Clarke, G.J.I

Roll of Honour

George John Isaiah Clarke (P) RAAF

George J. I. Clarke was born on 22 September 1907, at Charters Towers, Qld., to George Thomas Clarke and Elizabeth Clarke. His father was killed at Gallipoli in 1915 and his mother married again; she is noted in next-of-kin as Elizabeth Bradford, Chatswood, NSW. There is no information about George Clarke’s childhood or schooling, but obviously he was a bright lad as he passed the tough entry examinations for admittance to the Royal Australian Naval College at Jervis Bay, NSW.

On 01 January 1921, Cadet Midshipman Clarke entered the RANC, HMAS Creswell, at Jervis Bay. The life of a junior Cadet was active with education of a high standard, and sports activities encouraged. When ‚ÄėPassing Our‚Äô in December 1924 he won the prize for French and was promoted to Midshipman on 15 May 1925. To broaden his experience, ln 1926 he was posted to the cruisers HMAS Brisbane (1) and Melbourne (1). Early in 1926 he, with other Midshipmen, went to the UK for service and training on RN ships for the next two years. On 1 September 1927 he was promoted to Acting Sub-Lieutenant and Sub-Lieutenant on 16 April 1928. In May 1928 he was acknowledgement for his essays written for the Junior Officer‚Äôs War Course at Greenwich. He then spent the next two years serving on HMAS Canberra (1) and Australia (11). On 16 October 1930 he was promoted to Lieutenant RAN.

As a Midshipman Clarke had served on the aircraft carrier HMS Eagle in the Mediterranean and China Station, also HMAS Canberra and Australia had Seagull 111 amphibians embarked Рthe idea of a flying career would have been appealing. Because the RAAF provided the RAN with aircraft, pilots, and maintainers [the RAN supplied observers and telegraphist/gunners, with a few naval officers trained as pilots], Clarke took the opportunity to transfer to the RAAF for training with RAAF 101 Fleet Cooperation Flight. For the RAN ship-borne aircraft were important for reconnaissance, gunnery spotting, and submarine surveillance.   

On 15 January 1930, Sub-Lieutenant Clark RAN was seconded to the RAAF for three years. In July 1932 he was drafted to HMAS Albatross, the RAN seaplane carrier, attached to RAAF 101 Flight, flying Seagull 111 amphibians. Because Albatross was about to be placed in reserve, his posting ended on 31 January 1933. Clark’s secondment to the RAAF was then extended for a further year. He was retrenched on 14 January 1934 thus ending his contact with the Navy Рuntil WW11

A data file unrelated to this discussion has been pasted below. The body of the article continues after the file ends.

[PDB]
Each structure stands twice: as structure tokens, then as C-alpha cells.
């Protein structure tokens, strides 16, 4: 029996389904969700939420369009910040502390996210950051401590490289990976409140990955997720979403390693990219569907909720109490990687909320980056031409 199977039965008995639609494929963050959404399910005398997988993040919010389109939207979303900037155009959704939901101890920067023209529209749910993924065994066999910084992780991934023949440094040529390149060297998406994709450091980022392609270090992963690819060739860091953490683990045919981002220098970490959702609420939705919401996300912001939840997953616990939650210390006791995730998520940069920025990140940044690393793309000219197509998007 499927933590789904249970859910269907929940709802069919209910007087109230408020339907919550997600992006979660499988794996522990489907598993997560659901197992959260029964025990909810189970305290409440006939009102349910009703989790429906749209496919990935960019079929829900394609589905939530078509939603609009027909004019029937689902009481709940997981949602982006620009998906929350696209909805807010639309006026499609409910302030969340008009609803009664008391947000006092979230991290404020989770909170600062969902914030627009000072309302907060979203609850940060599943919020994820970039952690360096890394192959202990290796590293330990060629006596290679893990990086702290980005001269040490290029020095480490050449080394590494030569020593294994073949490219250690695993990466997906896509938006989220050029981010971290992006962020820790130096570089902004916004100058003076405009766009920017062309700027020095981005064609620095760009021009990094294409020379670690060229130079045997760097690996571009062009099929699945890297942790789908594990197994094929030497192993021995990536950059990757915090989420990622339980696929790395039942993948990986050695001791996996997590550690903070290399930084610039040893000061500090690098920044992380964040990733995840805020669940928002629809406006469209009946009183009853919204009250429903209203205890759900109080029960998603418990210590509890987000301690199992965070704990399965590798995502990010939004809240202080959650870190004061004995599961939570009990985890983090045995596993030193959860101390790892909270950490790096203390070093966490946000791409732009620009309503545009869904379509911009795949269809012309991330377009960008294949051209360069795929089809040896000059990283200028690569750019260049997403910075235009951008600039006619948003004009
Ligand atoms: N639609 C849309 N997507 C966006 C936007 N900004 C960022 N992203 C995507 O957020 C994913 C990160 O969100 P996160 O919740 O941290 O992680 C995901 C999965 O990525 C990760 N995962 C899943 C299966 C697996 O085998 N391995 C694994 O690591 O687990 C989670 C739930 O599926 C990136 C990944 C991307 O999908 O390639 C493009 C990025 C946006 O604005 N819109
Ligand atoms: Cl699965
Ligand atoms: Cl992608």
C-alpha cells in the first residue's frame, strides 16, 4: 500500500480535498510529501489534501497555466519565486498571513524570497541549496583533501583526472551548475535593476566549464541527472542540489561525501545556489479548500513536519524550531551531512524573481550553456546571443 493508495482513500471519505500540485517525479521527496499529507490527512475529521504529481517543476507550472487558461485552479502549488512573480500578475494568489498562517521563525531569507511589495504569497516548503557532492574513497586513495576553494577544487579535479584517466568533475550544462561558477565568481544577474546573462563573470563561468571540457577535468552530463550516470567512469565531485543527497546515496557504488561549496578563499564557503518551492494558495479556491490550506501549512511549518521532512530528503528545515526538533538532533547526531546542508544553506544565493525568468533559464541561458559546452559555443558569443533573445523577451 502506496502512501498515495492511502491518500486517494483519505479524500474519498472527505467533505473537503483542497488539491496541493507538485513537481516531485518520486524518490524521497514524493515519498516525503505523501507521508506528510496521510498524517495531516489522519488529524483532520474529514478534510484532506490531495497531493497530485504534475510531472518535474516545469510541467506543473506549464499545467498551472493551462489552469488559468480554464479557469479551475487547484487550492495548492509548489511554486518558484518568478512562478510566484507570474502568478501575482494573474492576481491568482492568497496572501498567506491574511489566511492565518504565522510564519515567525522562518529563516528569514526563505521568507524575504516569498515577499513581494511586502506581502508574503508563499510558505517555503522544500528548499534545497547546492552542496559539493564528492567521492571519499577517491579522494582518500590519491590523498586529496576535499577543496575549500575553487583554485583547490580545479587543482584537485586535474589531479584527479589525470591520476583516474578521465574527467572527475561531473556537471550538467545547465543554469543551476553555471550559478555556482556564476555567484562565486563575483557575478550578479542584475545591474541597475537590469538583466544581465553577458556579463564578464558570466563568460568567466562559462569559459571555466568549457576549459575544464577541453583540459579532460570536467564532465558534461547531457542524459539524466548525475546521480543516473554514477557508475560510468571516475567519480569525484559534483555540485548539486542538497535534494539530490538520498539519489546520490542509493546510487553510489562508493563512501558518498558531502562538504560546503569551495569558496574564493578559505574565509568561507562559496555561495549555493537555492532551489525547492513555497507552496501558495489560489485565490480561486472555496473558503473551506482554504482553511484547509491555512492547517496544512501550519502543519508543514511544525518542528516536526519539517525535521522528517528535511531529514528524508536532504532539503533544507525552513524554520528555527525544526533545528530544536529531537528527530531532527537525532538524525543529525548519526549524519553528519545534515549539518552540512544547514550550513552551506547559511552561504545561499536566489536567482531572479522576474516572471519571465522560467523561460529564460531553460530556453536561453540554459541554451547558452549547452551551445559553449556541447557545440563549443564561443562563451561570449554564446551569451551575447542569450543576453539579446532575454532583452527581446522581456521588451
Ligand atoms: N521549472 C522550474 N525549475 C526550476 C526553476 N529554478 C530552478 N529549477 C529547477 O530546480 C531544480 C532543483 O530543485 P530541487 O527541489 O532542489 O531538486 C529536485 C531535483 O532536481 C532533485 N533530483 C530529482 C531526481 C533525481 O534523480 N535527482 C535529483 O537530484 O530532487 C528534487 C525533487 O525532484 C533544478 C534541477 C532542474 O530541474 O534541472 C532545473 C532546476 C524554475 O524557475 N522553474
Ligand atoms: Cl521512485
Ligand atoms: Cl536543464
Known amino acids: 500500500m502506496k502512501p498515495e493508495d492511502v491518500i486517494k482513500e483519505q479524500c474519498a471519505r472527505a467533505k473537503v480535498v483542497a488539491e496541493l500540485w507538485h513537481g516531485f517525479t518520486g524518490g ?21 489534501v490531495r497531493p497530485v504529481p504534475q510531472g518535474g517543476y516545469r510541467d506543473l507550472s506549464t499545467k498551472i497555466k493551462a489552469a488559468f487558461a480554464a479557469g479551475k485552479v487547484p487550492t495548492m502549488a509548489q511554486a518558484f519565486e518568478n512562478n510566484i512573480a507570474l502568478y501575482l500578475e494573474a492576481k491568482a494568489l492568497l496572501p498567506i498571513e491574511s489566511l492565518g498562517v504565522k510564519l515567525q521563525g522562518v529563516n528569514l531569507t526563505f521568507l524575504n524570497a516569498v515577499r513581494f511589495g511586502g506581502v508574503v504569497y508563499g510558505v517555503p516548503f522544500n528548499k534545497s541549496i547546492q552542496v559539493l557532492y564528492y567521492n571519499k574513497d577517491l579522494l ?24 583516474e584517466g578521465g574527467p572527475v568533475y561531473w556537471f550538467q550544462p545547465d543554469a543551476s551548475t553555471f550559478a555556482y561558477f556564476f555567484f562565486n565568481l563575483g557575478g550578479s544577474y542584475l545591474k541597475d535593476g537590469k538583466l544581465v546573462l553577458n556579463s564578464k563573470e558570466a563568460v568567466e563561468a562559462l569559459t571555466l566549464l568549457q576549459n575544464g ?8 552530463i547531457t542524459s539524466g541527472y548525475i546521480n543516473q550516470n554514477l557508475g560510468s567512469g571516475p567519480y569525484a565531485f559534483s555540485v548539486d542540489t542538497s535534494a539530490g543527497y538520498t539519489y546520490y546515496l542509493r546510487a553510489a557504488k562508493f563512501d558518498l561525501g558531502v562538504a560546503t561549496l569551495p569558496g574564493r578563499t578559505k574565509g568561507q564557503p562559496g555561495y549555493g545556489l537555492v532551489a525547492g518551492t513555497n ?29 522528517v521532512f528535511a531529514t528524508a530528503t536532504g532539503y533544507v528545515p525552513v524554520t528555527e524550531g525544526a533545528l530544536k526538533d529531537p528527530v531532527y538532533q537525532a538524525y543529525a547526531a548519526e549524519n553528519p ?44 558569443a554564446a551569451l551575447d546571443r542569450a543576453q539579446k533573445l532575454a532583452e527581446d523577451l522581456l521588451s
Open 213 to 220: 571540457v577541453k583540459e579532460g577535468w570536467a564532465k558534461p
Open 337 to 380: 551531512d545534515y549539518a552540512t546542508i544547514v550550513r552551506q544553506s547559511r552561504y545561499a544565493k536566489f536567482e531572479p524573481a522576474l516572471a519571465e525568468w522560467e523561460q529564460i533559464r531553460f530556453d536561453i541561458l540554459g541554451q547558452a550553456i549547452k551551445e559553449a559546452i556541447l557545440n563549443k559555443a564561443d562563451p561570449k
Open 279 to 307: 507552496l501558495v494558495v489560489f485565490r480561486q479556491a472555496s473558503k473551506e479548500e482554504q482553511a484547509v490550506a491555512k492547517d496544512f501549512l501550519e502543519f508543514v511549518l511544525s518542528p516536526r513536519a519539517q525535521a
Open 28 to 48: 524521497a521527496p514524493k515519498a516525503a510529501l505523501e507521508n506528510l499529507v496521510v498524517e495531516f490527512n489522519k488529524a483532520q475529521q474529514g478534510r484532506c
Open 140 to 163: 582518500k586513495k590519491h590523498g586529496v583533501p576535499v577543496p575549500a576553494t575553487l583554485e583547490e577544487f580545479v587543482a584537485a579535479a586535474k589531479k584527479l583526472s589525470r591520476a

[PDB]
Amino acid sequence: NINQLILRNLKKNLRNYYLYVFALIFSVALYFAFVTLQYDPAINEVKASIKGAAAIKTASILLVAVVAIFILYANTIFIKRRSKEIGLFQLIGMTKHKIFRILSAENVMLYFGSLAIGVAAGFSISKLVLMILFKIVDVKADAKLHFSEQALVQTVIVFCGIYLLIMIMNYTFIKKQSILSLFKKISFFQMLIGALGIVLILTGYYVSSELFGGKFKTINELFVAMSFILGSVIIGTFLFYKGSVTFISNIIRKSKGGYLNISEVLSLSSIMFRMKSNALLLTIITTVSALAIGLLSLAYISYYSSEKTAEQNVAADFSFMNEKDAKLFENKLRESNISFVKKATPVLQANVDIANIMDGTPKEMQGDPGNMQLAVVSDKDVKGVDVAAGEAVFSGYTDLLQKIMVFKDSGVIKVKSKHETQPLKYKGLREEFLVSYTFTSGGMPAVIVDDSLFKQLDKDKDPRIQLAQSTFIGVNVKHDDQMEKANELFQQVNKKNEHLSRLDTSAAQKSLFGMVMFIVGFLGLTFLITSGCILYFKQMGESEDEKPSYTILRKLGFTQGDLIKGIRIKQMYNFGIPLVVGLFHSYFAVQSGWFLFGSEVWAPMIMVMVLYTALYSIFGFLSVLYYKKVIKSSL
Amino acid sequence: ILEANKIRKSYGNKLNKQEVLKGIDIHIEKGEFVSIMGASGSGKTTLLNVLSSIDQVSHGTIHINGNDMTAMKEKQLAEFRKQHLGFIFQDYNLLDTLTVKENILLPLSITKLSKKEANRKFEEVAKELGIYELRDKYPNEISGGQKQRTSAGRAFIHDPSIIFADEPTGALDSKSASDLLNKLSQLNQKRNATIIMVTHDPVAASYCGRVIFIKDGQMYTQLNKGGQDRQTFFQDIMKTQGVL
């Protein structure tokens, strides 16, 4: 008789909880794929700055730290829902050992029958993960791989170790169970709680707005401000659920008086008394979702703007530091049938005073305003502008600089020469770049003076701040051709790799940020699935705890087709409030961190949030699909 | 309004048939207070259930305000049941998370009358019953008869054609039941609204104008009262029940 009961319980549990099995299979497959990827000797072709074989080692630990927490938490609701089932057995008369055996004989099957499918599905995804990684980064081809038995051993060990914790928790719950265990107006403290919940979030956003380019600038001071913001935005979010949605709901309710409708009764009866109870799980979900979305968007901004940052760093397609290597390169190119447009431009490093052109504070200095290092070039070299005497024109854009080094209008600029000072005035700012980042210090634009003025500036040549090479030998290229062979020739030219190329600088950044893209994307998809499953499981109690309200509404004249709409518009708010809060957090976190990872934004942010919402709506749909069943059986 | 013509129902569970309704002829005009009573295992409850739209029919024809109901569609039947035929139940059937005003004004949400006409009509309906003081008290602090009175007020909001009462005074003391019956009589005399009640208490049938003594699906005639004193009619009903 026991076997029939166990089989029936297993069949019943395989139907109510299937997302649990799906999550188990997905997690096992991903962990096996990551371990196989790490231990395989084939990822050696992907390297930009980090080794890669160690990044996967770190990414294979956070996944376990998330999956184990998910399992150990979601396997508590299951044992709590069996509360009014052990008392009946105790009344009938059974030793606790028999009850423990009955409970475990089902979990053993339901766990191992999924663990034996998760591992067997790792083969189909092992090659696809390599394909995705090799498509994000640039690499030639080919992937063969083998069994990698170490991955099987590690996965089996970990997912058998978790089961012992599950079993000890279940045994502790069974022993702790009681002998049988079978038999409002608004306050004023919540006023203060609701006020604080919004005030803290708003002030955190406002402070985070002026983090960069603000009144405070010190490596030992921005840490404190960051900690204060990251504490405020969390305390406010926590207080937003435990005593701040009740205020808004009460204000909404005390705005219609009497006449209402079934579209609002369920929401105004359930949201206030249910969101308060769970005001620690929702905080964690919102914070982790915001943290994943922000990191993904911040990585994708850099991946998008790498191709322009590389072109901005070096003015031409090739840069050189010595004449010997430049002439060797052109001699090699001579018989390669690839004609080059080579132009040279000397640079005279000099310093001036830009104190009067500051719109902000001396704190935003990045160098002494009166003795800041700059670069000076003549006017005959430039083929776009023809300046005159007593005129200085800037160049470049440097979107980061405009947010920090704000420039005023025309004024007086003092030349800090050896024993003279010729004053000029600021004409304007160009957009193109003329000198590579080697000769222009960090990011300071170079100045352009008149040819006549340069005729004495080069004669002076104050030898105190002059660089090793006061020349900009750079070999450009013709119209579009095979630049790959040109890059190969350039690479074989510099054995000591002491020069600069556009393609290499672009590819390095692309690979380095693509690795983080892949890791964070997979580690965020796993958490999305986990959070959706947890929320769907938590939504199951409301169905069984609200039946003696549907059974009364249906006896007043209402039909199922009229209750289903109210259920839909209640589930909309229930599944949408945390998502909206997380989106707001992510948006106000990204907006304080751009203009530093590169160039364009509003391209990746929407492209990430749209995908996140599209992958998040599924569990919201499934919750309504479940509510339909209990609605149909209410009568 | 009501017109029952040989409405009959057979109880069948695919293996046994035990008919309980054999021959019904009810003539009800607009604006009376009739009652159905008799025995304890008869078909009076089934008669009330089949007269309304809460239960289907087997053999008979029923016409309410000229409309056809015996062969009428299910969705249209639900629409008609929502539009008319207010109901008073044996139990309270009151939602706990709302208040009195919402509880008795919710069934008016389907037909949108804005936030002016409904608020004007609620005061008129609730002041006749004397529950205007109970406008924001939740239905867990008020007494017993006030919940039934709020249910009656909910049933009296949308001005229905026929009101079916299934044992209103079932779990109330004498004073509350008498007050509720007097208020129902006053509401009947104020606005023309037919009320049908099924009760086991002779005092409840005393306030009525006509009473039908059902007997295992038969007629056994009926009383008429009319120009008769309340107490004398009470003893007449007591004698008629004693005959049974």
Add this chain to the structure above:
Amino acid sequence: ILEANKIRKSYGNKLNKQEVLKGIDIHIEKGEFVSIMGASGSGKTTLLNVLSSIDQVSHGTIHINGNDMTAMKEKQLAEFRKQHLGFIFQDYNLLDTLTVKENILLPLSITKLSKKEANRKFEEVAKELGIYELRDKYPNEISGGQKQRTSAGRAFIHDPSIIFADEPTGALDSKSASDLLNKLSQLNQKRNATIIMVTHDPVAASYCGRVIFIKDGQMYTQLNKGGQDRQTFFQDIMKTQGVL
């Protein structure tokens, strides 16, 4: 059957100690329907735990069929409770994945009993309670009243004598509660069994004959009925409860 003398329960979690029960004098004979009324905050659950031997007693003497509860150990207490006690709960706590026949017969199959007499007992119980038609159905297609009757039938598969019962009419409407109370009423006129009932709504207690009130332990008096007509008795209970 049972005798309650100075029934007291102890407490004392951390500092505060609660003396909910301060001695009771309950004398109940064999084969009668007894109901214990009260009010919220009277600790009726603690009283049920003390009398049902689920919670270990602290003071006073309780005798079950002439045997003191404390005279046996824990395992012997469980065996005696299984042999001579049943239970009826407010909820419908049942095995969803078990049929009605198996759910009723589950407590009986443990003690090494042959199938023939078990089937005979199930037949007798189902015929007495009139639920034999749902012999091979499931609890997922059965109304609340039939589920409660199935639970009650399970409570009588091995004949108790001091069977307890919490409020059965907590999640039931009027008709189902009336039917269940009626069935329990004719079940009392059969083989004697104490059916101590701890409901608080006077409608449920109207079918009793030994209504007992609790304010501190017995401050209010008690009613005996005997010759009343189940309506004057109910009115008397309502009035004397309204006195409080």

As Clarke’s RAAF records (at the time of writing) have not been released, the date he was actually discharged is not known; but he remained on the reserve list of the RAAF. In the mid-1930s Clarke became a commercial pilot and was employed by W.R. Carpenter Aerial Service, which was part of a big trading company that had been active in New Guinea and surrounding islands since 1919. The W.R. Carpenter Aerial Service was later amalgamated with Mandated Airlines. When WW11 erupted on 2 September 1939, Clarke was recalled for service in the RAAF.

Flight Lieutenant Clarke joined RAAF 9 Flight Cooperation Unit, flying Seagull V and Walrus amphibians, based at Richmond. He then embarked on the cruiser HMAS Australia (11), under the command of Captain Robert R. Stewart. The first nine months of WW2 were spent on the Australian coast, followed by Australia performing convoy escort duties between Fremantle and Cape Town up to July 1940. Then sailing between Cape Town and Freetown, on the African West Coast, as part of the Dakar Squadron observing the Vichy French fleet. During this time Australia’s Seagull V A2-24 amphibian would have been in constant use. In July HMAS Australia sailed to the UK where her Seagull V was sent to Saunders Roe on 8 August 1940 for overhaul, and was replaced by Walrus amphibian L2247 on loan from the RN.

In September 1940 HMAS Australia took part in ‚ÄėOperation Menace‚Äô patrolling off Dakar where units of the Vichy French navy were located. This included several French cruisers and the battleship Richelieu. ‚ÄėOperation Menace‚Äô involved a powerful RN fleet, the objective was to install General de Gaulle and a Free French force at Dakar to prevent the Germans seizing Dakar and the French warships. The belief that Dakar would welcome de Gaulle was optimistic and ill-founded with the French shore batteries opening fire on the British fleet with RN ships being damaged, and the Vichy French governor refusing to negotiate.

On 24 September HMAS Australia was engaged in a general fleet bombardment of the French fleet and batteries at Dakar. During the attack Australia was subject to high level bombing by French twin-engine Glenn Martin aircraft. On 25 September 1940, Australia and HMS Devonshire moved towards Dakar to attack French ships and shore batteries. During this engagement Australia was hit aft twice, and the Walrus aircraft that Clarke was flying to call the fall of shot was attacked by Vichy French Curtiss Hawk 75A aircraft, and was seen to crash into the sea.